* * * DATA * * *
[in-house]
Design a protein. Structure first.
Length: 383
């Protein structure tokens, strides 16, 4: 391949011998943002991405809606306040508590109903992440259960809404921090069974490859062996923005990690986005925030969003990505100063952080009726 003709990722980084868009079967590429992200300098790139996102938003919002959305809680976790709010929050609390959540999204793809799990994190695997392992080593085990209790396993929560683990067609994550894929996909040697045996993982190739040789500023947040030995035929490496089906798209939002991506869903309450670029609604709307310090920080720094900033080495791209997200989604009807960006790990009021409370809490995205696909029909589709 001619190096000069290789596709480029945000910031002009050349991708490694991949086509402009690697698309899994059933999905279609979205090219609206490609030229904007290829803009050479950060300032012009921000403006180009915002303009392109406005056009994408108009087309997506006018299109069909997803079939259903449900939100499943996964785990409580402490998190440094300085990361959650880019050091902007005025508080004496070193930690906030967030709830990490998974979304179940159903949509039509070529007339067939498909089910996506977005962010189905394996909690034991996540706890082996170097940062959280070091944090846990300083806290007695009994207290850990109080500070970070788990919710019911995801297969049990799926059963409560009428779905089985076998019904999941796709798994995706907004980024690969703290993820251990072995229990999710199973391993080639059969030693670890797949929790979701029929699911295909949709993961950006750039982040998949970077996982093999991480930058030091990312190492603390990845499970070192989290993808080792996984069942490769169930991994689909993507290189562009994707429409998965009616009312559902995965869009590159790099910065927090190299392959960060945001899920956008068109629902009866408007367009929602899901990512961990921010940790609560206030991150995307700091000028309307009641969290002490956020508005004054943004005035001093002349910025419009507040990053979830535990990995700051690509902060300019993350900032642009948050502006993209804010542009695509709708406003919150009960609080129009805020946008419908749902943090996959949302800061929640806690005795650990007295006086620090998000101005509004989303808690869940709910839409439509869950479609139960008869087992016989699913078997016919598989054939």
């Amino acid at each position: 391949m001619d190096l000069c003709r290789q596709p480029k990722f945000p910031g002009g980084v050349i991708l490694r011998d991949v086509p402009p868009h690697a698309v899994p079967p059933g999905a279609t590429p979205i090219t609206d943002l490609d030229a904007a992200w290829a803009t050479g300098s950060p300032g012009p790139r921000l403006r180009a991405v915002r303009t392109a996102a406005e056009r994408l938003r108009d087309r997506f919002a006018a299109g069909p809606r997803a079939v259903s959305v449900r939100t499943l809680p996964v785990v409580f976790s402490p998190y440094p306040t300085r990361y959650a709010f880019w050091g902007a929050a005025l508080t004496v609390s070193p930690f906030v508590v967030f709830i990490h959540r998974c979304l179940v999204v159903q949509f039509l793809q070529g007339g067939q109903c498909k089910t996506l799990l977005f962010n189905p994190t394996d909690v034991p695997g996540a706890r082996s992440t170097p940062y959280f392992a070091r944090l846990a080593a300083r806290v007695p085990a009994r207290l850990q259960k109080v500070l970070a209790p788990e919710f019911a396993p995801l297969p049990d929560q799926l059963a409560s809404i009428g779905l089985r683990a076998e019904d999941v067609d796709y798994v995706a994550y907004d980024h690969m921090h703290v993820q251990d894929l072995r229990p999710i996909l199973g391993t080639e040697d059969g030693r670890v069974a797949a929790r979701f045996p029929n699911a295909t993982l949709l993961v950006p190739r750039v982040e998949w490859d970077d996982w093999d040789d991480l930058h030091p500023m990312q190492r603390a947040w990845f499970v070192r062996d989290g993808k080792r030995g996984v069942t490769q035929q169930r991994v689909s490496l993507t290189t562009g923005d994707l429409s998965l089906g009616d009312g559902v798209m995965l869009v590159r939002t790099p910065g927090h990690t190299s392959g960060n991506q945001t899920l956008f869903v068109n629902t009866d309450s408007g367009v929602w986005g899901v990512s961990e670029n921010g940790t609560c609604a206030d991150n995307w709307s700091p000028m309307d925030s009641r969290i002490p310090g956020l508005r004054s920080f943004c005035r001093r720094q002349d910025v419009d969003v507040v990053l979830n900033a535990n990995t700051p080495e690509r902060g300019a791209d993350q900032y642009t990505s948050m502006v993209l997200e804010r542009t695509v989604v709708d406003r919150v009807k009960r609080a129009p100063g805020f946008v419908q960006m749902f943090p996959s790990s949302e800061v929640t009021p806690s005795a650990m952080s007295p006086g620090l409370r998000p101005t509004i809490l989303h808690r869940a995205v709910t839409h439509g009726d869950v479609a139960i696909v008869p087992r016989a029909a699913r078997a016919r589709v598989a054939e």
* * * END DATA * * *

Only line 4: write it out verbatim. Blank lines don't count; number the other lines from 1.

């Protein structure tokens, strides 16, 4: 391949011998943002991405809606306040508590109903992440259960809404921090069974490859062996923005990690986005925030969003990505100063952080009726 003709990722980084868009079967590429992200300098790139996102938003919002959305809680976790709010929050609390959540999204793809799990994190695997392992080593085990209790396993929560683990067609994550894929996909040697045996993982190739040789500023947040030995035929490496089906798209939002991506869903309450670029609604709307310090920080720094900033080495791209997200989604009807960006790990009021409370809490995205696909029909589709 001619190096000069290789596709480029945000910031002009050349991708490694991949086509402009690697698309899994059933999905279609979205090219609206490609030229904007290829803009050479950060300032012009921000403006180009915002303009392109406005056009994408108009087309997506006018299109069909997803079939259903449900939100499943996964785990409580402490998190440094300085990361959650880019050091902007005025508080004496070193930690906030967030709830990490998974979304179940159903949509039509070529007339067939498909089910996506977005962010189905394996909690034991996540706890082996170097940062959280070091944090846990300083806290007695009994207290850990109080500070970070788990919710019911995801297969049990799926059963409560009428779905089985076998019904999941796709798994995706907004980024690969703290993820251990072995229990999710199973391993080639059969030693670890797949929790979701029929699911295909949709993961950006750039982040998949970077996982093999991480930058030091990312190492603390990845499970070192989290993808080792996984069942490769169930991994689909993507290189562009994707429409998965009616009312559902995965869009590159790099910065927090190299392959960060945001899920956008068109629902009866408007367009929602899901990512961990921010940790609560206030991150995307700091000028309307009641969290002490956020508005004054943004005035001093002349910025419009507040990053979830535990990995700051690509902060300019993350900032642009948050502006993209804010542009695509709708406003919150009960609080129009805020946008419908749902943090996959949302800061929640806690005795650990007295006086620090998000101005509004989303808690869940709910839409439509869950479609139960008869087992016989699913078997016919598989054939």